Every generation of Australian cricket has had a crucial eye on the next: the ACA president



Australian Cricketers’ Association (ACA) chairman Todd Greenberg has dismissed suggestions that the gulf between his country’s current and former cricketers has become more apparent following the departure of Justin Langer as the team’s coach.

Cricket experts have reportedly noticed a marked lack of participation among Australian fans and the country’s cricketers during the ICC Men’s T20. Globalism cup, which they felt translated into poor crowd attendance at stadiums across the country when the home team was playing.

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They compared the poor attendance for Australia’s matches to India’s recent Super 12 match against Zimbabwe, where a crowd of more than 81,000 spectators turned out to watch the insignificant match.

After Australia’s disappointing performance in their defense of the T20 World Cup title, many lament the negative coverage of the team.

Langer’s enforced departure, despite being the coach of last year’s T20 World Cup winning team in the UAE and their 4-0 Ashes win, has also been the cause of the apparent disconnect between fans and players. Several notable former players are former teammates of Langer, W.J cricket Australia (CA) reports that the move to relieve their colleagues did not go well with them.

However, ACA President Greenberg is not convinced that the rift between current and former players has worsened recently.

“It’s hard but I will say if we look at history, every generation of Australian cricket has had a critical eye on the next, which probably goes back to the indomitable (Don) Bradman,” Greenberg told SEN Whately.

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“But I would say that the departure of Justin (Langer) as a coach and those close and strong relationships he had with a number of players in that era probably exacerbate that, but I would like to think that our former players love and hope to see the current players do a good job.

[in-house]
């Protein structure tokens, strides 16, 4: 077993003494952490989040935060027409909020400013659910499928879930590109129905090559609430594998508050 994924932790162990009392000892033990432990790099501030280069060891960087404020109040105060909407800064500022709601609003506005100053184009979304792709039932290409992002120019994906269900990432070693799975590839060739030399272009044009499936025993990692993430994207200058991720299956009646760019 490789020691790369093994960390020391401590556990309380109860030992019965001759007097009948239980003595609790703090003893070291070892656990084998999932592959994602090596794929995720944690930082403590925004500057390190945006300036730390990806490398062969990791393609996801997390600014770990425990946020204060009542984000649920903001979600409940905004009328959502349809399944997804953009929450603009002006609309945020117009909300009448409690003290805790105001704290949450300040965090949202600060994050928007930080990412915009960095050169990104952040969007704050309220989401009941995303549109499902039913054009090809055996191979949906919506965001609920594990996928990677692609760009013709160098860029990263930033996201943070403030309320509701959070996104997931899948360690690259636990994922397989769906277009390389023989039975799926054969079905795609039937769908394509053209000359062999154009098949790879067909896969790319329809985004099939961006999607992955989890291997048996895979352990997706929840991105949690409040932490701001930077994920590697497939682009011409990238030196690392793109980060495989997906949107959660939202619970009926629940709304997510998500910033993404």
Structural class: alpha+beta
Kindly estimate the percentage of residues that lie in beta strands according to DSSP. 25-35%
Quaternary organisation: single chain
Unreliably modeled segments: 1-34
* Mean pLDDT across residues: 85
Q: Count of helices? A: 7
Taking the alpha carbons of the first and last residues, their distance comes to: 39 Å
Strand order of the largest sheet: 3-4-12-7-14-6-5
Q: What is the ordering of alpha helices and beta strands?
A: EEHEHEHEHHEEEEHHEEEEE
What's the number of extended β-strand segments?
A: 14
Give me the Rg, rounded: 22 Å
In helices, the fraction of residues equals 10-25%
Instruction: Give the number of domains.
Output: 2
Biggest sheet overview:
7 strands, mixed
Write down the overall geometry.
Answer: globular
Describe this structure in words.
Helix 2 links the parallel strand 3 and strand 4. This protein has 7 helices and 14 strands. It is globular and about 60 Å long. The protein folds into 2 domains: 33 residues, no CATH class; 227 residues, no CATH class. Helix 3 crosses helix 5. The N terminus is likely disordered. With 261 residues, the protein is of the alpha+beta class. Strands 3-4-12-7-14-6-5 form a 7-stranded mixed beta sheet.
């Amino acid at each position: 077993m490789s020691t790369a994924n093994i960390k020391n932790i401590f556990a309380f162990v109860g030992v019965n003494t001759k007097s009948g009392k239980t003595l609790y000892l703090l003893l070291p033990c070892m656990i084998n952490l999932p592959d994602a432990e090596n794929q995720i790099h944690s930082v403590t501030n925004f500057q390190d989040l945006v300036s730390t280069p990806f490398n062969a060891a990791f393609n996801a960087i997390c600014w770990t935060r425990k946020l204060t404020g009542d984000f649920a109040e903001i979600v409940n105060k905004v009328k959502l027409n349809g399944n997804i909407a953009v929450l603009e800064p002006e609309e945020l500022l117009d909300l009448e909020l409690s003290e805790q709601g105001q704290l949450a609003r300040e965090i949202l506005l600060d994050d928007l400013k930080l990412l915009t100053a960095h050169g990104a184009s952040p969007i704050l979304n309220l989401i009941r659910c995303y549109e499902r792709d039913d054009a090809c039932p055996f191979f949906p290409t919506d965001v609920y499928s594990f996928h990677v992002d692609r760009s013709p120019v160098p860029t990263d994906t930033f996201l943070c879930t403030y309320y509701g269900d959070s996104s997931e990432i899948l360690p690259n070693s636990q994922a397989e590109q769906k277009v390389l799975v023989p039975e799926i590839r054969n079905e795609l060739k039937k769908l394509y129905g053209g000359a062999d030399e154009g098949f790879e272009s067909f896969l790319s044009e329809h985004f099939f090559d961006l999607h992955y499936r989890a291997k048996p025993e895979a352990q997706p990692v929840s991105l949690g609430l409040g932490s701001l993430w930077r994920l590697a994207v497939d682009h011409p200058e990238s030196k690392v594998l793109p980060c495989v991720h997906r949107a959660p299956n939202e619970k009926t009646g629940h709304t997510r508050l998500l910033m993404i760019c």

“Saying that a lot of these former players are in key roles – whether they’re in media or commentary roles – and let’s just face it, they pay to have their say. I think we have to look at it through that lens because these players are now in key roles. They have been asked and paid to provide criticism of our current players, especially when they are not performing in a tournament as we have just seen.

“Our current players can expect that level of criticism, and I think that’s fair and reasonable,” Greenberg said.

However, Greenberg added that Langer’s exit could be one of the reasons for the team’s poor form in the T20 World Cup.

“In some ways when Justin wasn’t renewed as a coach, I felt that no matter what happened, at some point if the Australian cricket team didn’t perform at the level and expectation that they had hoped for… it had the potential to happen. I don’t think it’s a surprise, But hopefully we’ll have a really strong summer and only hear positive things compared to the critical stuff,” Greenberg added.

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